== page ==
Mary Henry Named Honourary Life Member

At the 2005 AGM in Toronto Mrs. Mary Henry was made an Honourary Life Member of the Canadian Pony Club.

Mary was the main instructor and volunteer behind Annapolis/Avon PC for many years. She was a driving force in getting things like PPG, Rally and Quiz active and supported through out the years. She always insisted things be done correctly and her members were always well prepared for any activities. She set an example for all the other clubs to follow. Mary has retired from Pony Club now and we miss her involvement. You don't always realize the impact someone has until they are no longer involved.

Mrs. H , as she is often known, taught me to ride and also taught my daughter, Elizabeth. Learning to ride and care for your horse are only a part of what you learn from Mrs H.. Life long skills such as setting goals and making commitments ,organizational skills, work ethic, dedication, integrity, and study skills all come to mind too. Thanks Mary!

From Carollyn Crewe
Regional Chair
Nova Scotia Region

The following article about Mrs. Henry and her involvement in Pony Club was written in June 2000 by Ian Scrimger, a C2 member of the Avon Pony Club. This article was published in the Atlantic Horse & Pony magazine. ( and is reproduced here with their permission.

A passion for Pony Club

Mary Henry helped bring a great tradition to Atlantic Canada

by Ian Scrimger

Mary Henry could drive, jump, hunt, or ride side saddle as this photo from the 1960's illustrates. (Photo courtesy of Mary Henry)
Ask anyone in the Atlantic provinces' horse community who to see about Pony Club, and chances are they'll say, “Mary Henry.” She's been a driving force behind the development of Canadian Pony Club in this region since she helped found the Annapolis Branch in 1964.

Henry began her riding career in the British Pony Club as a young child, earning her A Level Instructor's Certificate (the highest level offered by Pony Club) in 1955. She came to Canada from England in 1960, to work at Edgehill School in Windsor, Nova Scotia. It wasn't long before she was roped into fulfilling the role of riding instructor.

“At that time I didn't even want to be near a horse,” she recalls. “I wanted to get away from horses, but... they found out I could teach, and so in 1961 the horses started to come in to the school.”

Henry is committed to teaching in general, but she admits that working with “the little ones” is particularly gratifying for her. “They're so enthusiastic,” she says. 'They love to be taught. They love to ride. It is the enthusiasm of all these riders that makes you keep going. Of course, if they weren't enthusiastic about what we do, I wouldn't be doing it.”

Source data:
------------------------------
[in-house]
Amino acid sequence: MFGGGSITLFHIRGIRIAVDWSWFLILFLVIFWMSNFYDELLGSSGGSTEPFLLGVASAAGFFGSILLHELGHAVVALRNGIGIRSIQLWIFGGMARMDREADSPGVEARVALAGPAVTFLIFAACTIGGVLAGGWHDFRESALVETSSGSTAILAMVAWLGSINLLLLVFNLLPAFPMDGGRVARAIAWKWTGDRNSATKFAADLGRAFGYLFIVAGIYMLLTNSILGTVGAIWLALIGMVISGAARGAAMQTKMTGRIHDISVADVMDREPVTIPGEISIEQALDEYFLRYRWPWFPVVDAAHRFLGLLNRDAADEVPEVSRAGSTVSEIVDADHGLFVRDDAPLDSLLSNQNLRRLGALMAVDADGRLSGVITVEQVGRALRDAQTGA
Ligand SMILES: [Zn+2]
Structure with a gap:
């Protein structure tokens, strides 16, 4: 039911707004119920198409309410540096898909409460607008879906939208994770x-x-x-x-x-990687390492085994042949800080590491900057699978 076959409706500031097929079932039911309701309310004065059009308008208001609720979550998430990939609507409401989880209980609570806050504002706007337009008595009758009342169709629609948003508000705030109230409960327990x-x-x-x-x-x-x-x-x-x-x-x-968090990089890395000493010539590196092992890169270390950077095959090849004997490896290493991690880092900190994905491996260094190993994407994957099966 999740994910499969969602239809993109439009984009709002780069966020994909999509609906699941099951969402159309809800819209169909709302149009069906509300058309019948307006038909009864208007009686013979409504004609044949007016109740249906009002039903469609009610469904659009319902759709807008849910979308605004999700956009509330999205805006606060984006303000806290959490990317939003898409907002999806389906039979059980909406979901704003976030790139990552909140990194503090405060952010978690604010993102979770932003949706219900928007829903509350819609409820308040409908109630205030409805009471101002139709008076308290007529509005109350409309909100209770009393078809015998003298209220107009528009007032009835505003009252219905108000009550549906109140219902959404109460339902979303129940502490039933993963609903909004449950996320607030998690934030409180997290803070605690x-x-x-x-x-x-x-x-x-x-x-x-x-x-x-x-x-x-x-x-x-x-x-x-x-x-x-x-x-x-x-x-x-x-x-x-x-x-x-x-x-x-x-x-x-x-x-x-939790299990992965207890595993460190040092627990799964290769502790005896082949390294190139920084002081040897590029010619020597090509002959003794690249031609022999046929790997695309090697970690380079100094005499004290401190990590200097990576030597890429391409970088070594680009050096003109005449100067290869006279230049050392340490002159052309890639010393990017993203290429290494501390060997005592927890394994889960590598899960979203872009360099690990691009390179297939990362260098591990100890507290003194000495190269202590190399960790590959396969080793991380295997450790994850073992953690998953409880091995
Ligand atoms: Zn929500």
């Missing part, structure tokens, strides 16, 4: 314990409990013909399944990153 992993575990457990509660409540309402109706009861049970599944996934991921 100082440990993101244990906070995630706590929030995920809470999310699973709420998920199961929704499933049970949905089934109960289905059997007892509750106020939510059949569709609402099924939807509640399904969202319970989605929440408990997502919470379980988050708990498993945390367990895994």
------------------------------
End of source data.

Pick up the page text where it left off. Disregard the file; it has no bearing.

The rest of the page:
Lisa Hines of Windsor, describes Henry as the ultimate teacher, one who “gets great satisfaction from seeing someone learn.” Hines was taught by Henry in the 1970s, and now her 11-year-old daughter Sydney is in the Avon Pony Club, taking lessons from Henry. 'in her view, ponies help kids to grow up to be better people,” says Hines.

Windsor resident Nikki Woolaver, 15, has been a student of Henry's for seven years, and she says she has benefited from her teacher's clear explanations and expectations. “Mrs. Henry believed in me and encouraged me. She's been there for everything I've done in Pony Club.” Woolaver showed her large pony hunter, Valhalla, at the Royal Winter Fair in Toronto in 1998, and Henry was there to coach. “She didn't have to go to Toronto, but she did,” says Woolaver. “She was like a second mother.”

What's Pony Club?

The Canadian Pony Club is part of an international youth riding and English horsemanship association, with members aged 7 to 21.

The Nova Scotia-Newfoundland Region has 10 branches, and the New Brunswick-Prince Edward Island Region has 7 branches. Members are eligible to compete in local, regional, national and international competitions in dressage, stadium jumping, rally (3-day events), tetrathlon, and quiz, and they can complete test levels from beginner to advanced.

Each branch organizes its own program within the Canadian Pony Club curriculum. Some operate year-round, providing riding instruction, summer camps, winter lecture series, and training shows. Fees are reasonable in comparison to other youth sports such as hockey, figure skating, or skiing.

To join, you need a desire to work hard and learn about horsemanship, and you need to have access to a horse or pony to ride in Pony Club activities. You do not need a "show quality" horse. The most important criterion for your Pony Club mount is a willing attitude.

To find out about a Pony Club branch near you, checkout the website at In N.S. or Nfld., call 902-895-4095. In N.B. or P.E.I., call 506-472-8811.

Nova Scotia dressage rider and coach Jane Fraser was taught by Henry in the early Pony Club days “I had my first lesson with Mrs. Henry when I was nine,” she says. “I adored her, had a really bad little pony that dumped me constantly. Mary's sheer determination gave me the courage to ride him. I forgot about being scared.”

Now Fraser has a coach's perspective on Henry's abilities as an instructor. “It's nice to teach her students,” she says. “They are all grounded; they all know how to try. She doesn't just teach how to ride, she teaches life skills.”

Henry is known as someone with a knack for teaching horses as well as teaching children. Moreover, she's known as a die-hard pony fan. “No one knows how to cope with a pony better than Mary Henry,” says Lisa Hines. “Lots of quality ponies were bred and trained by her. She'll still be starting ponies when she's 85.” So what is it about ponies?